22. Pia S. Schober & C. Katharina Spieß, 2014. "Local Day-Care Quality and Maternal Employment: Evidence from East and West Germany," SOEPpapers on Multidisciplinary Panel Data Research 649, DIW Berlin, The German Socio-Economic Panel (SOEP).
  23. Michael S. Rendall & Olivia Ekert-Jaffé & Heather Joshi & Kevin Lynch & Rémi Mougin, 2009. "Universal versus Economically Polarized Change in Age at First Birth: A French-British Comparison," Population and Development Review, The Population Council, Inc., vol. 35(1), pages 89-115.
  24. Angela Luci & Olivier Thévenon, 2010. "Does economic development drive the fertility rebound in oecd countries ?," Working Papers 167, Institut National d'Études Démographiques (INED).
  25. Jason M. Lindo, 2010. "Are Children Really Inferior Goods? Evidence from Displacement-Driven Income Shocks," Journal of Human Resources, University of Wisconsin Press, vol. 45(2).
  26. Uta Schönberg & Johannes Ludsteck, 2014. "Expansions in Maternity Leave Coverage and Mothers' Labor Market Outcomes after Childbirth," Journal of Labor Economics, University of Chicago Press, vol. 32(3), pages 469-505.
  27. Ulf Rinne & Arne Uhlendorff & Zhong Zhao, 2013. "Vouchers and caseworkers in training programs for the unemployed," Empirical Economics, Springer, vol. 45(3), pages 1089-1127, December.
  28. Kerwin Kofi Charles & Melvin Stephens, 2004. "Job Displacement, Disability, and Divorce," Journal of Labor Economics, University of Chicago Press, vol. 22(2), pages 489-522, April.
  29. Ariane Pailhé & Anne Solaz, 2012. "The influence of employment uncertainty on childbearing in France: A tempo or quantum effect?," Demographic Research, Max Planck Institute for Demographic Research, Rostock, Germany, vol. 26(1), pages 1-40, January.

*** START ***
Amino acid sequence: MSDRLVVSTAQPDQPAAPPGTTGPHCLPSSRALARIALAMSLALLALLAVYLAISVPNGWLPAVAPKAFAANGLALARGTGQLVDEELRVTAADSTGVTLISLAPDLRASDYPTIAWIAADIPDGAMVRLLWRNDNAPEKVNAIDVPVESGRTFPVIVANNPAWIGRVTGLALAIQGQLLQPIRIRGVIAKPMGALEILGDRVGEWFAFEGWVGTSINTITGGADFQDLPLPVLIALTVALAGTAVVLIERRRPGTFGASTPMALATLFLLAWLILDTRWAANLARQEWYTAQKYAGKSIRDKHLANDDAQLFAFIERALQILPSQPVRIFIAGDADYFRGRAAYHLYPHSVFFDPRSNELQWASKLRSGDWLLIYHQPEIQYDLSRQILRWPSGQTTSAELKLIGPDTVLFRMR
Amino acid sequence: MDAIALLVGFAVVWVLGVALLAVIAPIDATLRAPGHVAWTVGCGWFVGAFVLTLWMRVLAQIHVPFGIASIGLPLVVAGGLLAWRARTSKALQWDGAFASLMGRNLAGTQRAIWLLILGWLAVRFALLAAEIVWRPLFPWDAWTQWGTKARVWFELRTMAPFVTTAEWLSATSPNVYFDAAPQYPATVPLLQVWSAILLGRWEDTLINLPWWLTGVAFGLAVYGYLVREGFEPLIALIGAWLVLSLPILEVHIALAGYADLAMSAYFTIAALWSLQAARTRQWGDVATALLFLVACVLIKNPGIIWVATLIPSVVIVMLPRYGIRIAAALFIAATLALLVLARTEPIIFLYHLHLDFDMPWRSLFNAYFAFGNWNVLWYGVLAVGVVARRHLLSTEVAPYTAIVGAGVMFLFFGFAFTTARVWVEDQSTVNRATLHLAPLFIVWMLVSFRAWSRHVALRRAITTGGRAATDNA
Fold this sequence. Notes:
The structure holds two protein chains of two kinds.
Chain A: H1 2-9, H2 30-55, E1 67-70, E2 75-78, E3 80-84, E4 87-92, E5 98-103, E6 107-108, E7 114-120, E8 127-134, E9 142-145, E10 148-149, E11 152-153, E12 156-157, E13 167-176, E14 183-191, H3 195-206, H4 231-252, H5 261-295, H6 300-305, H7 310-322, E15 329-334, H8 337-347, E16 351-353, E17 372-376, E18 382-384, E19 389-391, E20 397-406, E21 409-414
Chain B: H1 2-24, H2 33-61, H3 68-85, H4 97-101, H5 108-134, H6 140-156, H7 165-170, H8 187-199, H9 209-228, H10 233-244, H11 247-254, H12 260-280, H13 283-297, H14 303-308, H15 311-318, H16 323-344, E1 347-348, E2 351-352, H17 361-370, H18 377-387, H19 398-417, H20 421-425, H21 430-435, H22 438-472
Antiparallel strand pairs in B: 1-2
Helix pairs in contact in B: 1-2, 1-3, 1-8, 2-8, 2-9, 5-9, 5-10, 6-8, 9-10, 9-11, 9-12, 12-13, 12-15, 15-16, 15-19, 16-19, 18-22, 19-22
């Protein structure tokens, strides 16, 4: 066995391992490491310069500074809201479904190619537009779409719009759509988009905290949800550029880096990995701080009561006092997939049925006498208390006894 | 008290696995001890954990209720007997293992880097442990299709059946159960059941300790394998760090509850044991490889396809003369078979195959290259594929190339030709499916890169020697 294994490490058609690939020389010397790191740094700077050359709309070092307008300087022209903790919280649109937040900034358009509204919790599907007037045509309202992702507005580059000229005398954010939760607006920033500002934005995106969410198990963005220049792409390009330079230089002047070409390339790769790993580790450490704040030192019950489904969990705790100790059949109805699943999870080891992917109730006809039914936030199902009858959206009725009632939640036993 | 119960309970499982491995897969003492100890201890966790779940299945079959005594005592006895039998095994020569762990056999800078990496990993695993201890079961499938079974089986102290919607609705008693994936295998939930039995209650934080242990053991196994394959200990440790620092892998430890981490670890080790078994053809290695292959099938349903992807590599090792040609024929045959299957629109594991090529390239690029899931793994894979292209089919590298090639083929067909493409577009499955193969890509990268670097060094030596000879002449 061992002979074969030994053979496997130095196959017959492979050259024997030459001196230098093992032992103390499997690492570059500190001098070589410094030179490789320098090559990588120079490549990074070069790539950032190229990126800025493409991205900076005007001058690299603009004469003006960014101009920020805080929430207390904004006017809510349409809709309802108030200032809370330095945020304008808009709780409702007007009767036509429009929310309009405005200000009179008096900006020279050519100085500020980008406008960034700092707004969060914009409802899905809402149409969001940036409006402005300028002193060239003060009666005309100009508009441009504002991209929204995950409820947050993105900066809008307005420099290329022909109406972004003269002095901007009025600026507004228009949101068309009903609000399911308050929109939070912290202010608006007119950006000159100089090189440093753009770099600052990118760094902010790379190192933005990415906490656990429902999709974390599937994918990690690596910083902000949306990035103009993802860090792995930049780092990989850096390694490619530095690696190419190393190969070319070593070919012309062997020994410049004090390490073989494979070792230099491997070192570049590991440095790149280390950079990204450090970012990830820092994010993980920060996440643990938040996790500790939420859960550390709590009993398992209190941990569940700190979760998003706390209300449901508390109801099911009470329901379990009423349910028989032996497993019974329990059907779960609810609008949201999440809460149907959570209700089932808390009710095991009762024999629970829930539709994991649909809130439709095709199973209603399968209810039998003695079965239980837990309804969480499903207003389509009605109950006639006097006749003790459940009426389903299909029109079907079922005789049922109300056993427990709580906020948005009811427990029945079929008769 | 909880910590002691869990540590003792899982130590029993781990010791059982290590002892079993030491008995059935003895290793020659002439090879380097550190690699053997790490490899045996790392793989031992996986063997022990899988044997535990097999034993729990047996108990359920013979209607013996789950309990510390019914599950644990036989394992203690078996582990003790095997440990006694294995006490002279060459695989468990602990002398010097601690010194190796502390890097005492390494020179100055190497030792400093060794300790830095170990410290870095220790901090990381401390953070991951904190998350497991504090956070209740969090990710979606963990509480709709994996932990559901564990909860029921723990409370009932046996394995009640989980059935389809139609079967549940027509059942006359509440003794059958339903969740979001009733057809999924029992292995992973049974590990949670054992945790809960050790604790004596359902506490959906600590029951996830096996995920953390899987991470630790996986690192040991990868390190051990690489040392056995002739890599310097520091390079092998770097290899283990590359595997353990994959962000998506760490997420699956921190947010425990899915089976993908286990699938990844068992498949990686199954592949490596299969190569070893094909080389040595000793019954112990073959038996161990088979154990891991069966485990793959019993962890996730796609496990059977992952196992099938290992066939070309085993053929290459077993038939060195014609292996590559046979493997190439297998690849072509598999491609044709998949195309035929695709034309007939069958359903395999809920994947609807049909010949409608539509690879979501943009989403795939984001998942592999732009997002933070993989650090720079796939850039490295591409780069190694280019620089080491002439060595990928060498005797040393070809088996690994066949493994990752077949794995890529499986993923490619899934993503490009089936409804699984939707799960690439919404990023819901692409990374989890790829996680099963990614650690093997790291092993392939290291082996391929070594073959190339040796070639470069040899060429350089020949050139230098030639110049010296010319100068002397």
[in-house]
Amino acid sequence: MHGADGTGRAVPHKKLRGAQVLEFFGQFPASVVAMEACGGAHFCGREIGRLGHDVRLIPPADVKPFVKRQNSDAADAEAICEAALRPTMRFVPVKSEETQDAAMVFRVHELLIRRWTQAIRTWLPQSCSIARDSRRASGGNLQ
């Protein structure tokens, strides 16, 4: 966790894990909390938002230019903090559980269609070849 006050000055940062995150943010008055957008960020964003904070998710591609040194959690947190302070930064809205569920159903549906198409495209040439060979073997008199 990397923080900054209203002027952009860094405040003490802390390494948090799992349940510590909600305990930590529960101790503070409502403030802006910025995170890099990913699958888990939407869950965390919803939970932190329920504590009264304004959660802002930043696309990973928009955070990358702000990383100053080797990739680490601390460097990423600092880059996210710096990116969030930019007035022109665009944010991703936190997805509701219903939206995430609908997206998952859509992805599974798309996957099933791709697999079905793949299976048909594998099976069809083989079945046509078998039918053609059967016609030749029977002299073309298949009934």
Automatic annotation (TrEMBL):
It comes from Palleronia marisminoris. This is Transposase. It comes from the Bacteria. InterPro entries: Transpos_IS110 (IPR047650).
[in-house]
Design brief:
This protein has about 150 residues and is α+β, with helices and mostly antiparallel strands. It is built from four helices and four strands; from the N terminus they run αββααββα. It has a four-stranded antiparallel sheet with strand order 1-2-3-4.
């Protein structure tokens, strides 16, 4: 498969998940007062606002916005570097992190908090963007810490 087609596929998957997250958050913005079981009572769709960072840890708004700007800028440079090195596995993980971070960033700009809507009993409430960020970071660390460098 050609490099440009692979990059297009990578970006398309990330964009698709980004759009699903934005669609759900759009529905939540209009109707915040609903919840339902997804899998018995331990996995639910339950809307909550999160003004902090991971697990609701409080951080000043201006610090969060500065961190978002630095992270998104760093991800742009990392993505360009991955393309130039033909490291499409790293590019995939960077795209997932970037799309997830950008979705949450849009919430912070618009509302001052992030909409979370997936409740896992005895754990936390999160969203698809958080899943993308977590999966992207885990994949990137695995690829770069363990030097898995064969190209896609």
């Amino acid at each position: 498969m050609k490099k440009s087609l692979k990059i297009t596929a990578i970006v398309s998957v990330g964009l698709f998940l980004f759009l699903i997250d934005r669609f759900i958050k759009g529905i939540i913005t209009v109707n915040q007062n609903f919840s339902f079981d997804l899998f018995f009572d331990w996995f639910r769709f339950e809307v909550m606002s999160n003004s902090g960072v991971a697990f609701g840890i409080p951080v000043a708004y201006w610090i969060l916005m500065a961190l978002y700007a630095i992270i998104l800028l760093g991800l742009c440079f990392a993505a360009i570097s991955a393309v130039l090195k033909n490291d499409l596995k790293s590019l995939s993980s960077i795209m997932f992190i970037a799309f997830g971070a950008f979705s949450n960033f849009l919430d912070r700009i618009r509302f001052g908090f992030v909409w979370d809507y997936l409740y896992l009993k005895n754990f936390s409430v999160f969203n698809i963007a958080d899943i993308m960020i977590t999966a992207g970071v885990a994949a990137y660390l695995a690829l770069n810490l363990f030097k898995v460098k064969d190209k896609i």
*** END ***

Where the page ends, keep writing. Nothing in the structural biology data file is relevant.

30. Daniele Vignoli & Sven Drefahl & Gustavo De Santis, 2012. "Whose job instability affects the likelihood of becoming a parent in Italy? A tale of two partners," Demographic Research, Max Planck Institute for Demographic Research, Rostock, Germany, vol. 26(2), pages 41-62, January.
Full references (including those not matched with items on IDEAS)

This item is not listed on Wikipedia, on a reading list or among the top items on IDEAS.

When requesting a correction, please mention this item's handle: RePEc:iza:izadps:dp10485. See general information about how to correct material in RePEc.

For technical questions regarding this item, or to correct its authors, title, abstract, bibliographic or download information, contact: (Mark Fallak)

If you have authored this item and are not yet registered with RePEc, we encourage you to do it here. This allows to link your profile to this item. It also allows you to accept potential citations to this item that we are uncertain about.

If references are entirely missing, you can add them using this form.

If the full references list an item that is present in RePEc, but the system did not link to it, you can help with this form.

If you know of missing items citing this one, you can help us creating those links by adding the relevant references in the same way as above, for each refering item. If you are a registered author of this item, you may also want to check the "citations" tab in your profile, as there may be some citations waiting for confirmation.

Please note that corrections may take a couple of weeks to filter through the various RePEc services.

This information is provided to you by IDEAS at the Research Division of the Federal Reserve Bank of St. Louis using RePEc data.